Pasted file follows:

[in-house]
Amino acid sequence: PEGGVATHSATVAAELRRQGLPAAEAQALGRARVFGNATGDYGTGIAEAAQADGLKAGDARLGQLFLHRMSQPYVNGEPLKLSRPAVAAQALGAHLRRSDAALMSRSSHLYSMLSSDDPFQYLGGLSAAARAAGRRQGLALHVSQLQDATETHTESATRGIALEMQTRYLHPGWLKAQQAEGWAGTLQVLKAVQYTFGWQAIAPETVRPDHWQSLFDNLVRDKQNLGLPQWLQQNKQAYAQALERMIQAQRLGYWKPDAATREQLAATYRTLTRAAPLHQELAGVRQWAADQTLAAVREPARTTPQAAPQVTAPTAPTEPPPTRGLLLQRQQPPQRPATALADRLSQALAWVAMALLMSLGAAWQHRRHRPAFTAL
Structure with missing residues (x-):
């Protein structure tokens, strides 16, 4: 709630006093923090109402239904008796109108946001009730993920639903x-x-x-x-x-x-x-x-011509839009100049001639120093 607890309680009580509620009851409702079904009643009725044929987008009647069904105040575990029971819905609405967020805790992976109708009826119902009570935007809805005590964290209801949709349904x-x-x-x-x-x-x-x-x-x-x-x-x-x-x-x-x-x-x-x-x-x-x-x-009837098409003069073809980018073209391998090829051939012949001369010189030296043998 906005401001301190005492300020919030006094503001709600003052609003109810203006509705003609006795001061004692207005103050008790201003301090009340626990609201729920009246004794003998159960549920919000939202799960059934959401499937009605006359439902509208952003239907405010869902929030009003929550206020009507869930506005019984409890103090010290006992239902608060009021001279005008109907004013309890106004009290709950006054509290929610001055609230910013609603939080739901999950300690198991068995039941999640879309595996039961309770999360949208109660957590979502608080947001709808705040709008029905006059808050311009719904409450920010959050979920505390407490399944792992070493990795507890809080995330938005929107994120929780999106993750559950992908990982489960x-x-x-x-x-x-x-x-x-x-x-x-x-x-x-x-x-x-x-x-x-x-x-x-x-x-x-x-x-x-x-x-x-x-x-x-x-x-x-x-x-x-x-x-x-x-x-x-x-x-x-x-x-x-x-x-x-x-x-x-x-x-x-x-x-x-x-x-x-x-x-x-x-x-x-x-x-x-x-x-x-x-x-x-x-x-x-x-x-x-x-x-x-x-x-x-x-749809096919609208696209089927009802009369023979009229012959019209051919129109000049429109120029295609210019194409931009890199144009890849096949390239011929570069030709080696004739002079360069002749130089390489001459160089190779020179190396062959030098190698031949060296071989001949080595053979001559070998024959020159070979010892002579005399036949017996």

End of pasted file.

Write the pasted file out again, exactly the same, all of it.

[in-house]
Amino acid sequence: PEGGVATHSATVAAELRRQGLPAAEAQALGRARVFGNATGDYGTGIAEAAQADGLKAGDARLGQLFLHRMSQPYVNGEPLKLSRPAVAAQALGAHLRRSDAALMSRSSHLYSMLSSDDPFQYLGGLSAAARAAGRRQGLALHVSQLQDATETHTESATRGIALEMQTRYLHPGWLKAQQAEGWAGTLQVLKAVQYTFGWQAIAPETVRPDHWQSLFDNLVRDKQNLGLPQWLQQNKQAYAQALERMIQAQRLGYWKPDAATREQLAATYRTLTRAAPLHQELAGVRQWAADQTLAAVREPARTTPQAAPQVTAPTAPTEPPPTRGLLLQRQQPPQRPATALADRLSQALAWVAMALLMSLGAAWQHRRHRPAFTAL
Structure with missing residues (x-):
């Protein structure tokens, strides 16, 4: 709630006093923090109402239904008796109108946001009730993920639903x-x-x-x-x-x-x-x-011509839009100049001639120093 607890309680009580509620009851409702079904009643009725044929987008009647069904105040575990029971819905609405967020805790992976109708009826119902009570935007809805005590964290209801949709349904x-x-x-x-x-x-x-x-x-x-x-x-x-x-x-x-x-x-x-x-x-x-x-x-009837098409003069073809980018073209391998090829051939012949001369010189030296043998 906005401001301190005492300020919030006094503001709600003052609003109810203006509705003609006795001061004692207005103050008790201003301090009340626990609201729920009246004794003998159960549920919000939202799960059934959401499937009605006359439902509208952003239907405010869902929030009003929550206020009507869930506005019984409890103090010290006992239902608060009021001279005008109907004013309890106004009290709950006054509290929610001055609230910013609603939080739901999950300690198991068995039941999640879309595996039961309770999360949208109660957590979502608080947001709808705040709008029905006059808050311009719904409450920010959050979920505390407490399944792992070493990795507890809080995330938005929107994120929780999106993750559950992908990982489960x-x-x-x-x-x-x-x-x-x-x-x-x-x-x-x-x-x-x-x-x-x-x-x-x-x-x-x-x-x-x-x-x-x-x-x-x-x-x-x-x-x-x-x-x-x-x-x-x-x-x-x-x-x-x-x-x-x-x-x-x-x-x-x-x-x-x-x-x-x-x-x-x-x-x-x-x-x-x-x-x-x-x-x-x-x-x-x-x-x-x-x-x-x-x-x-x-749809096919609208696209089927009802009369023979009229012959019209051919129109000049429109120029295609210019194409931009890199144009890849096949390239011929570069030709080696004739002079360069002749130089390489001459160089190779020179190396062959030098190698031949060296071989001949080595053979001559070998024959020159070979010892002579005399036949017996």